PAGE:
“I need to check my email on my phone,” a fellow academic confessed to me a few months ago. “When I lose internet, I check my old emails.” She knew it wasn’t productive, but she craved that fix. We all nodded. Email addiction is the accepted neurosis of our peer group.
I, too, have grown increasingly attached to the dopamine highs of email interactions. Nurturing this dependency is the external pressure to be constantly connected. Many expect that emails are read within hours of being sent; people give positive feedback for instantaneous responses.
Skepticism of this pressure to stay connected has inspired people to take space from email. The New York Times ran several recent articles about how some companies have begun enforcing off-email hours. Researcher danah boyd writes about how to take a planned email sabbatical once a year. And eminent computer scientist Donald Knuth has been taking an email sabbatical since 1990.
So when my editor at The Daily Muse proposed—via group email—the idea of taking an email sabbatical and writing about it, I was intrigued. At the time, it was 10 days before the beginning of the fall semester, and I was making steady progress on my thesis work. As a PhD student, I had the luxury of taking on this experiment, as summer email tends to be slow for academics. I had been especially fascinated by being off email while doing work, so I gave myself one day to tie up loose ends and dove in.
The conditions of the sabbatical were that I remain logged out of my email for 10 days, though I could still use phone, text, and instant messaging. To prepare, I emailed affected collaborators and set up an automatic email response telling people how to reach me for urgent affairs. To prevent myself from accidentally checking in, I deleted the email app from my phone and used the LeechBlock Firefox add-on to prevent email access from my browser.
At the end of the 10-day period, here’s what I discovered.
1. I Was Able to Focus Much Better
The hardest part of the sabbatical was not being able to use email as a distraction when faced with a task I did not want to do. Without being able to distract myself with the pseudo-productivity of answering non-urgent questions and scheduling meetings far in the future, I had to actually focus on the task at hand.
2. It Was Liberating to Not Have to Make Decisions About Email
I had never realized how much time and energy I spent refreshing my inbox, being thrown off by an unexpected email, and deciding when and how to reply to a message. Not having to make any decisions about email helped both my focus and my stress levels.
3. I Had Not Missed Much
When I went back on email, I had 145 emails in my Gmail priority inbox. After deleting the ones I knew I didn’t have to read, I had 104. It took me approximately 30 minutes to go through most of these messages. There had only been a couple “important” emails, and the senders had called or texted about them.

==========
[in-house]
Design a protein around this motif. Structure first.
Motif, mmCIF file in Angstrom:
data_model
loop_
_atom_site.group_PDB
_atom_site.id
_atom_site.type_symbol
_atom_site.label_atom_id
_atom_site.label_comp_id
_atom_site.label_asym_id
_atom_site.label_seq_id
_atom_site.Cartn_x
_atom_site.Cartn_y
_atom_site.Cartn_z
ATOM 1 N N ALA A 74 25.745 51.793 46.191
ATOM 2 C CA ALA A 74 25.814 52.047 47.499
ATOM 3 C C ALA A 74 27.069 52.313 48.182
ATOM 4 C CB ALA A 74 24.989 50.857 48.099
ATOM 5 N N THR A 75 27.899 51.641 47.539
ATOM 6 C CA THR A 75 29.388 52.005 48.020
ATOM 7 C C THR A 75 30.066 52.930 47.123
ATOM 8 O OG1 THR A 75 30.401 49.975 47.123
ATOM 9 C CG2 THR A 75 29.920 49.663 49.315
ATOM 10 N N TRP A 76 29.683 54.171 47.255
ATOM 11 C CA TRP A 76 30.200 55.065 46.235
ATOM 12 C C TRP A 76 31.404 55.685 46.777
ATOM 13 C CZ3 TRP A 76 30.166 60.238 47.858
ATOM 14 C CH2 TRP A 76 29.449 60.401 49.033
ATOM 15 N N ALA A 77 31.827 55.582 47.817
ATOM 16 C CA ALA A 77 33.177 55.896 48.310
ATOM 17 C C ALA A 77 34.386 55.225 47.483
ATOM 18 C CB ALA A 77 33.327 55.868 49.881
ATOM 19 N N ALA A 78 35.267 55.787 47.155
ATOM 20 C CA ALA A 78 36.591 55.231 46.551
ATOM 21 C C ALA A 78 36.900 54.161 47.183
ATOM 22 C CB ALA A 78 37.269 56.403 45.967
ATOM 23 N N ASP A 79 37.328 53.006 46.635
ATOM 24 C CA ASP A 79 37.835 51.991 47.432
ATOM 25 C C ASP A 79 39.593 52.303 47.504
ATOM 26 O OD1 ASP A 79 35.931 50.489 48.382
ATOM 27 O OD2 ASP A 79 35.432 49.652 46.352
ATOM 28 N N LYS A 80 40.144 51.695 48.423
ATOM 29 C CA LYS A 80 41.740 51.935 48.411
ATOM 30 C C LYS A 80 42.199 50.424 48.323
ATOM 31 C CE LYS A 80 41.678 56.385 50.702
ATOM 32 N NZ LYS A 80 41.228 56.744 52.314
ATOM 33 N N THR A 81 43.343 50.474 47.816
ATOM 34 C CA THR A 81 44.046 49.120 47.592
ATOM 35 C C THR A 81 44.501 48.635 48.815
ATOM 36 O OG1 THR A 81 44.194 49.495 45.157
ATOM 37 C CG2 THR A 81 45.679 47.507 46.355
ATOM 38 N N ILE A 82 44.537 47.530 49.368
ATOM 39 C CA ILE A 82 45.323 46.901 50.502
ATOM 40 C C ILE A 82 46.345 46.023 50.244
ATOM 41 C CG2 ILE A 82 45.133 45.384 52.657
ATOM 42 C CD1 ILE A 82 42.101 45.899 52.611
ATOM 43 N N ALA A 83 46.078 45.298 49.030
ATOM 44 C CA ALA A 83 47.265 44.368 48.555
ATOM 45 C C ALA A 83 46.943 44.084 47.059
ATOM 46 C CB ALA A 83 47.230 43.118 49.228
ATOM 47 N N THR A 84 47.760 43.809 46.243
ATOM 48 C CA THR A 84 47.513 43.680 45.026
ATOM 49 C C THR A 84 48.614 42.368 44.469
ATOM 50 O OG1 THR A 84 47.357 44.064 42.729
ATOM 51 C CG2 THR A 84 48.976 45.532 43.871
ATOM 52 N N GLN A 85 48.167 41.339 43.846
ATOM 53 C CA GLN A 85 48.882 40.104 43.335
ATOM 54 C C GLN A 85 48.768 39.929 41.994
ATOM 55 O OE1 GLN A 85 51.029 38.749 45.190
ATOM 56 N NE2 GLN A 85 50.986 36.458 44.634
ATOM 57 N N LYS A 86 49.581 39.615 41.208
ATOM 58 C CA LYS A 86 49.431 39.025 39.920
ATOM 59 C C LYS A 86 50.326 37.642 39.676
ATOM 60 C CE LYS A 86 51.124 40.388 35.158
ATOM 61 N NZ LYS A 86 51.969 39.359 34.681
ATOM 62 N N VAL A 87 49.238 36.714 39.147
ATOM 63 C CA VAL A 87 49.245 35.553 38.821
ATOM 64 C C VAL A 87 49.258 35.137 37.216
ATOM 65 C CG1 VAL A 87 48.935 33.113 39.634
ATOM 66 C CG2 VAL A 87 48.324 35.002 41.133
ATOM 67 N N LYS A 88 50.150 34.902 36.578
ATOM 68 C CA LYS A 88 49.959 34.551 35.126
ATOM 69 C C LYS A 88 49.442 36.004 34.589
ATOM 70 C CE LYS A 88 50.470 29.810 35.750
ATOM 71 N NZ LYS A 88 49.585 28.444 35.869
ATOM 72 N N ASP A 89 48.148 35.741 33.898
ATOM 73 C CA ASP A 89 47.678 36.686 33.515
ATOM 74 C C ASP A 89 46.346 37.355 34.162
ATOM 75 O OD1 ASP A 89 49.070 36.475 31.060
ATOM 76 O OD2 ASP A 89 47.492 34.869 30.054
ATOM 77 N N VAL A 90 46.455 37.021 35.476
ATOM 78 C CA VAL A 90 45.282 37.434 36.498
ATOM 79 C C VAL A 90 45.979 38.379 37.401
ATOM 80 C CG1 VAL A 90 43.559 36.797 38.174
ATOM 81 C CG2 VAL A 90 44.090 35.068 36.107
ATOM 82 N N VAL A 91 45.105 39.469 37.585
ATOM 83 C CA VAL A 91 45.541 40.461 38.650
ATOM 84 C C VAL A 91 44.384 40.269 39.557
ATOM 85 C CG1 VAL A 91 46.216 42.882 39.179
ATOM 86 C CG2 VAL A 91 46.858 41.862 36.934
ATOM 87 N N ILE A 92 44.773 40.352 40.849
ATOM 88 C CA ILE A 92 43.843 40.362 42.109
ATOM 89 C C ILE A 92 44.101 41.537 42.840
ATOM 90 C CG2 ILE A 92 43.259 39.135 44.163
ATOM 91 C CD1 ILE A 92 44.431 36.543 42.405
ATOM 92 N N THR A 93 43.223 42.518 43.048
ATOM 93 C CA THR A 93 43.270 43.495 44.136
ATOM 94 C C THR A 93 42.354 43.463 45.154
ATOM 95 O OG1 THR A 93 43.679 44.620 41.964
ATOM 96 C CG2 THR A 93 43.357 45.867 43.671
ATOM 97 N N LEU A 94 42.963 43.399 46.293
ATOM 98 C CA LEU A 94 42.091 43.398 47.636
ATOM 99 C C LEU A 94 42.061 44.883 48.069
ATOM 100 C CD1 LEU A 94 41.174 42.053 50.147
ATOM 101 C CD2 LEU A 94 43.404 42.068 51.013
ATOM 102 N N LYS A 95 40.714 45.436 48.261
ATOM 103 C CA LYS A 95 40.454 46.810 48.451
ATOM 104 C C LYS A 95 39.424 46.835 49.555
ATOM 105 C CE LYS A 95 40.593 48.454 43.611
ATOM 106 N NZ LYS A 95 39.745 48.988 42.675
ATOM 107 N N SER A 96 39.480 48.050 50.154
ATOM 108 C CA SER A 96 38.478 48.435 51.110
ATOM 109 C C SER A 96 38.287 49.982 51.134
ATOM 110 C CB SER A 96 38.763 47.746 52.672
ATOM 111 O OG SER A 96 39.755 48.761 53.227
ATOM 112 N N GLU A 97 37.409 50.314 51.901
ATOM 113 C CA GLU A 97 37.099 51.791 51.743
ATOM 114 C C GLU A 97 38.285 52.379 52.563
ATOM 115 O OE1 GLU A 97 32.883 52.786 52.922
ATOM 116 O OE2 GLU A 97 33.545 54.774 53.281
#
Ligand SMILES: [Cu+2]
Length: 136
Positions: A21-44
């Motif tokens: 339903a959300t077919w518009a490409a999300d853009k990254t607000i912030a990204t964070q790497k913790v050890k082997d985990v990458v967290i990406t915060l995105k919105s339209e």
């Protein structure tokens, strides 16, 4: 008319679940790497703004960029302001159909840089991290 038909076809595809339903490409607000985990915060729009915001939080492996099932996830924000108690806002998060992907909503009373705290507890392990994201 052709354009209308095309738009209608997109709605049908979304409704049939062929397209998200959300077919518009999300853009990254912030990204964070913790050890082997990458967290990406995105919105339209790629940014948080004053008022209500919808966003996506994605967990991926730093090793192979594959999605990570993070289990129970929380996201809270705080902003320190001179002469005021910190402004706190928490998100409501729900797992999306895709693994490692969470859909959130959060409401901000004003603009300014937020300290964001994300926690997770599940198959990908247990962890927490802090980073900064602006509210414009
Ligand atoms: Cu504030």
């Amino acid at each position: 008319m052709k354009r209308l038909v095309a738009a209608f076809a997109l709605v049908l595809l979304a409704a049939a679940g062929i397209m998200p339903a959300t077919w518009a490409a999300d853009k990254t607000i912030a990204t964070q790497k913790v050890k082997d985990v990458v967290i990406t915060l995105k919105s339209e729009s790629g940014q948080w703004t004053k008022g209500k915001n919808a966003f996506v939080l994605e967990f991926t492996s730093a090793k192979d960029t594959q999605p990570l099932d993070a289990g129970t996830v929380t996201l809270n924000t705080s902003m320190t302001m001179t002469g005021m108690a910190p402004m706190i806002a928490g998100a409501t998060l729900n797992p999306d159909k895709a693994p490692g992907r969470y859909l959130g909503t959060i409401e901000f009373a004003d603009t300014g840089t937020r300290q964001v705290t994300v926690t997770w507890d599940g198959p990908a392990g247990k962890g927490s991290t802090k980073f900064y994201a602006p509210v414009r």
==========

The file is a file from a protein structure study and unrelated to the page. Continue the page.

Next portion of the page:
Note that, as expected, there were some logistical difficulties involved with being off email. There were a few documents I had anticipated receiving for a meeting, and I had to ask the senders to send them to my officemate, who printed the contents for me. (A friend pointed out that “taking an email sabbatical is like having destination wedding”—great for you but more work for everyone else.)
Handling online orders was tricky, so I tried to avoid that when possible. There was an incident where I thought I had ordered something but failed to confirm the order. (I later discovered several emails from the company asking whether I still wanted the product—turns out if you play hard-to-get for a few days, you can get a 20% discount.) There was also some suspense about event planning and emails I was expecting back, but I figured people would call if there was anything urgent.
Overall, though, I confirmed that I do not need to obsessively check email in order to lead a fulfilling and productive life. Learning from my sabbatical, here are some goals I’ve set for maintaining a healthy relationship with my inbox moving forward:
1. Batch My Email Correspondence
Knuth recommends handling large quantities of correspondence at once—for instance, once every three months—but once a day seems to be a more appropriate goal for me. So far, I average checking email two to three times a day, which is already a vast improvement from being continuously connected to my email.
2. If I’m Not Actively Using My Email, Keep it Closed
I have learned that I miss very little by staying off email for long periods of time, so gone are the days when I kept a browser tab with Gmail open, always available to distract and interrupt.
3. If I Have to Open My Email, Focus on the Task at Hand
Email is often the easiest way for exchanging work-related notes and documents, as well as important logistical information. Even if I need to open my email, however, it is possible not to get sucked in if I force myself to do only that one task.
In the end, taking an email sabbatical helped me break the semi-physical habit of compulsive email checking, as well as establish the perspective that breaking the habit is worthwhile. In fact, I’ll make it a practice to take one more often. While not all of us live in worlds where we can eschew email for good like Knuth, we could all stand to reset once in a while.
Photo of computer courtesy of Shutterstock.
Jean Yang is a PhD candidate in computer science at MIT, where her favorite perk of graduate school is all the free travel. She received her BA from Harvard and has interned at Facebook, Microsoft Research, and Google. She co-founded Graduate Women at MIT and is currently running NeuWrite Boston, a writing group for scientists and science writers.More from this Author